One of the best things about Yooka-Laylee is that it had a quick turnaround. Playtonic launched its Kickstarter campaign in May 2015, and in less than two years, put the game in backer hands last week. It says a lot about a game when how quickly it was released is one of its strong points.

Yooka-Laylee has received a mixed reception from fans and critics alike. I for one, Cliqist’s foremost 3D platforming authority, think it’s garbage. Playtonic’s collect-a-thon platformer delivers an almost one-for-one copy of the original Kickstarter pitch.

As Promised, Oh Well

Unfortunately, the 3D platformer has died a slow and rather quiet death since the days of the PlayStation 2. That’s when former Rare employees Steve Mayles, Chris Sutherland, Gavin Price, and Grant Kirkhope escaped from whatever broom closet Microsoft had them locked in after they purchased Rare, and stood at the ready to revive my favorite genre. They were beloved back in their day, and pioneered the 3D platforming genre with Banjo-Kazooie and Donkey Kong Country 66.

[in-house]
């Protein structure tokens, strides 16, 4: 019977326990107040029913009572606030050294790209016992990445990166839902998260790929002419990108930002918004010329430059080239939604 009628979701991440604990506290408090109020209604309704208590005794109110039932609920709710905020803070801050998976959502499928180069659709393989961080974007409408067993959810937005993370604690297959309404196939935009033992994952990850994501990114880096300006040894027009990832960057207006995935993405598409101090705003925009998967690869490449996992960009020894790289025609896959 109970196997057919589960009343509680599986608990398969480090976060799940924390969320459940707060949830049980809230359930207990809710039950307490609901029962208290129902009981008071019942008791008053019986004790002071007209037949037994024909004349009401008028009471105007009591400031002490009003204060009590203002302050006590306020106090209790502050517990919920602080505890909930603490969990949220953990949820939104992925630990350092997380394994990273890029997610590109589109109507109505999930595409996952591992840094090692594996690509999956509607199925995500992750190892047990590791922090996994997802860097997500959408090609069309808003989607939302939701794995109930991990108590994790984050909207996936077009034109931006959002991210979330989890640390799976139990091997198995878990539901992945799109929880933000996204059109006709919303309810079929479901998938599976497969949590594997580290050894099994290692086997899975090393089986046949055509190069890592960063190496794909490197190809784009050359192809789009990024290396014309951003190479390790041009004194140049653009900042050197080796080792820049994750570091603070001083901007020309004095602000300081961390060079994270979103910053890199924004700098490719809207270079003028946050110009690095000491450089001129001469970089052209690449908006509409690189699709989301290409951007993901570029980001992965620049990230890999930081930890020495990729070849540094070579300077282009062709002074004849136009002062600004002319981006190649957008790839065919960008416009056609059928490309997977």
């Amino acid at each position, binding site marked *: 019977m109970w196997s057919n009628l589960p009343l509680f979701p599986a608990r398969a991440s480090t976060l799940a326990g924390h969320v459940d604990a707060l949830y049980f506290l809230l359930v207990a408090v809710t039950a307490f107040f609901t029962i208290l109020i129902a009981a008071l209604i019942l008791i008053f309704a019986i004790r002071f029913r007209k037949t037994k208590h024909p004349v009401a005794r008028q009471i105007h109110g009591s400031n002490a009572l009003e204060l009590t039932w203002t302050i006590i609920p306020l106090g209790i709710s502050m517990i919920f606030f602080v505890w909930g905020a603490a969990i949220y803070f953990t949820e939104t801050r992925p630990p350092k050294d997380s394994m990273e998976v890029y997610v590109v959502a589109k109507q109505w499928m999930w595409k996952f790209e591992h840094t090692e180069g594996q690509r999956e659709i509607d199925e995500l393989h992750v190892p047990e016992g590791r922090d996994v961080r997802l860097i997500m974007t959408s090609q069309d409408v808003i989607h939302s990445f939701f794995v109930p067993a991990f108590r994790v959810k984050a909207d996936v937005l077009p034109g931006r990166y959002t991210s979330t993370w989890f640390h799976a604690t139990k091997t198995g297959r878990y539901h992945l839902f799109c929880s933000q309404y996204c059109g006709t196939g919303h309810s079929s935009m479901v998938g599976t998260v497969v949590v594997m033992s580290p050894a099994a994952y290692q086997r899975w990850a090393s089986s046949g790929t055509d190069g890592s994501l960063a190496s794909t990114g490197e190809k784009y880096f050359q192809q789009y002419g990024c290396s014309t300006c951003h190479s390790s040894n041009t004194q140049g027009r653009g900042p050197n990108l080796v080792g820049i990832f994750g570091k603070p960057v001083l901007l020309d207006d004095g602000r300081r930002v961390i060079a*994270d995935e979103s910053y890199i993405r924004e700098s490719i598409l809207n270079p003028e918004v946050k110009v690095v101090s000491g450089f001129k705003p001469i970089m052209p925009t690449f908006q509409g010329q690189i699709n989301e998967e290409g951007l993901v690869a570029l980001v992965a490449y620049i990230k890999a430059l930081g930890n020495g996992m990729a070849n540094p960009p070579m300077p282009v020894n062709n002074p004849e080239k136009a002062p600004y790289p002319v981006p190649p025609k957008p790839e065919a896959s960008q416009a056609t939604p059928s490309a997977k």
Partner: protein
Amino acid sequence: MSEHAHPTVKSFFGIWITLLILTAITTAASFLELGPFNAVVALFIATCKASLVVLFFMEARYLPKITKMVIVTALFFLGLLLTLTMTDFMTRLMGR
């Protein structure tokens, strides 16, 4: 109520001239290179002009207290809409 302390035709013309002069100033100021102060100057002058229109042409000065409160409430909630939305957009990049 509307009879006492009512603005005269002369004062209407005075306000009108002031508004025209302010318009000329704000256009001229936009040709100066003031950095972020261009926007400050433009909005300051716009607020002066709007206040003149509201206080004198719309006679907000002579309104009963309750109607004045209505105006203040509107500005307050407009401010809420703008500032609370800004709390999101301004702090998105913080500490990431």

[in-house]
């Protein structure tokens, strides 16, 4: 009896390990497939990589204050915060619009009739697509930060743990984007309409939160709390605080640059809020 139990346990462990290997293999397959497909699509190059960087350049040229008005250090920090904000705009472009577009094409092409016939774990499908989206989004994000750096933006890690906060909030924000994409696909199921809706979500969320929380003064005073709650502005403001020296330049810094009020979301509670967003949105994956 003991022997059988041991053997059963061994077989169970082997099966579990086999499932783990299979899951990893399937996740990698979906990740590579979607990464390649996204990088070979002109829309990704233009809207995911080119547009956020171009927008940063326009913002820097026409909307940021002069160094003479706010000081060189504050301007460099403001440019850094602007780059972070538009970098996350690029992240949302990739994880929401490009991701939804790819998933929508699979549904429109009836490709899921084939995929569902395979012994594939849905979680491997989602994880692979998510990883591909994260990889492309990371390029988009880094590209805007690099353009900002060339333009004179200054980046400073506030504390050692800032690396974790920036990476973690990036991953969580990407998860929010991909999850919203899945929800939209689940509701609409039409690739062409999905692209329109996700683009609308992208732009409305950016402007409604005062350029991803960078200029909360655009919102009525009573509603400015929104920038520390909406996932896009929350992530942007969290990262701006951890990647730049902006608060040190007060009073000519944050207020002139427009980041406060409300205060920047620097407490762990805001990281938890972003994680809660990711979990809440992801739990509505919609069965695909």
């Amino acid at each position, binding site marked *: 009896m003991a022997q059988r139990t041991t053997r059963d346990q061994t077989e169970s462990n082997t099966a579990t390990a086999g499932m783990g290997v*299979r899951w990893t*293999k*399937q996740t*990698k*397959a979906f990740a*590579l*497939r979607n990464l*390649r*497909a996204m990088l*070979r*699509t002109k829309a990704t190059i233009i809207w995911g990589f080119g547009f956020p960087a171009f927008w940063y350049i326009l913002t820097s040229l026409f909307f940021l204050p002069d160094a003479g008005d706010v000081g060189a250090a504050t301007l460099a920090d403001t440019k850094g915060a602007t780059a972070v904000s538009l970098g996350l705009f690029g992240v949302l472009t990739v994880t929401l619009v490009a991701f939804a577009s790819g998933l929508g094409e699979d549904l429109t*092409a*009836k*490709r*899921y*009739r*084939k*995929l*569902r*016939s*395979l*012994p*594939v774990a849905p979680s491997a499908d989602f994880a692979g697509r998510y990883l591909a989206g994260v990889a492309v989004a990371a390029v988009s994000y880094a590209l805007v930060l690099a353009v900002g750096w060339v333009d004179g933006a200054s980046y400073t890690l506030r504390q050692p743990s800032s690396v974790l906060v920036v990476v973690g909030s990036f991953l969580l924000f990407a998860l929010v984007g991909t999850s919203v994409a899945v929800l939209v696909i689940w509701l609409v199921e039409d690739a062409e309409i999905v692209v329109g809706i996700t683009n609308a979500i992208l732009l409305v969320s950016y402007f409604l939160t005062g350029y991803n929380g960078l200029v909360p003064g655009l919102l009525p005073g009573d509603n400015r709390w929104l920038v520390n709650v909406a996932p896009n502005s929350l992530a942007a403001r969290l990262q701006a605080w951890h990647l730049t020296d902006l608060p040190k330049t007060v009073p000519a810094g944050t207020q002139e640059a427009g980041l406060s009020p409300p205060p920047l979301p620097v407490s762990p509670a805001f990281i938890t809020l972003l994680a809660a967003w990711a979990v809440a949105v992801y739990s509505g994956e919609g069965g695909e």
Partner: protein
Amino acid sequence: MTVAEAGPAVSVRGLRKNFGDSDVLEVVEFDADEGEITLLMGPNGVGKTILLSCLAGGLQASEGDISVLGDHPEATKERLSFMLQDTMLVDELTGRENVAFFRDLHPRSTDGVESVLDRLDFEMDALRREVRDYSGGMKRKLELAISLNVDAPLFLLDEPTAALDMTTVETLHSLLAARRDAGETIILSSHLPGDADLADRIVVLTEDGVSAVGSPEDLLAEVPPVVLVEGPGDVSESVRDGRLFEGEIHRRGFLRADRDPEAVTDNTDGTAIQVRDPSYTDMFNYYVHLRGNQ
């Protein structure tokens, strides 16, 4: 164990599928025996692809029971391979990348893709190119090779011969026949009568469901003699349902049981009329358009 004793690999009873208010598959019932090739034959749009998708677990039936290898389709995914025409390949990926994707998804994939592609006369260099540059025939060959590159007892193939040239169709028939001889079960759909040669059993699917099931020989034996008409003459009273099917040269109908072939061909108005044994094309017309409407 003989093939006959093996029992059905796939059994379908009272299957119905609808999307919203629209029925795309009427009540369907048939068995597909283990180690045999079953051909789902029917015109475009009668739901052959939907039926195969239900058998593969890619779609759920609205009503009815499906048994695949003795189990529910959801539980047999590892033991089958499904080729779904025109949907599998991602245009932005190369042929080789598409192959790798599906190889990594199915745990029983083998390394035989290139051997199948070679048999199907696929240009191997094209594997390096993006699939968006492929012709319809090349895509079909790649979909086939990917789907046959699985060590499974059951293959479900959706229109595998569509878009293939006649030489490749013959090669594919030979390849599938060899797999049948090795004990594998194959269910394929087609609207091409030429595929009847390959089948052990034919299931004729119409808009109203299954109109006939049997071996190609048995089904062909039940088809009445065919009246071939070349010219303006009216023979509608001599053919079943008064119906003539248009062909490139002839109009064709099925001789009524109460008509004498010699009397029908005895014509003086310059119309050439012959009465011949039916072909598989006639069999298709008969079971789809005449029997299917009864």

That is, more or less, the groundwork that formed their crowdfunding campaign: a return the mid-1990’s 3D collect-a-thon platformer that dominated the era all the way up until the PlayStation 2. They promised several features from classic Rare games, such as dual protagonist, unlockable abilities, and the ear-gasm inducing stylings of a Grant Kirkhope soundtrack.

To Playtonic’s credit, what they created is more or less the unofficial official third Banjo-Kazooie game. Check out our video above to find out why that’s a actually a problem.

About the Author

Josh Griffiths

Josh Griffiths is a writer and amateur historian. He has a passion for 3D platformers, narrative-driven games, and books. Josh is also Cliqist’s video producer. He’s currently working on his first novel, and will be doing so on and off for the next decade.

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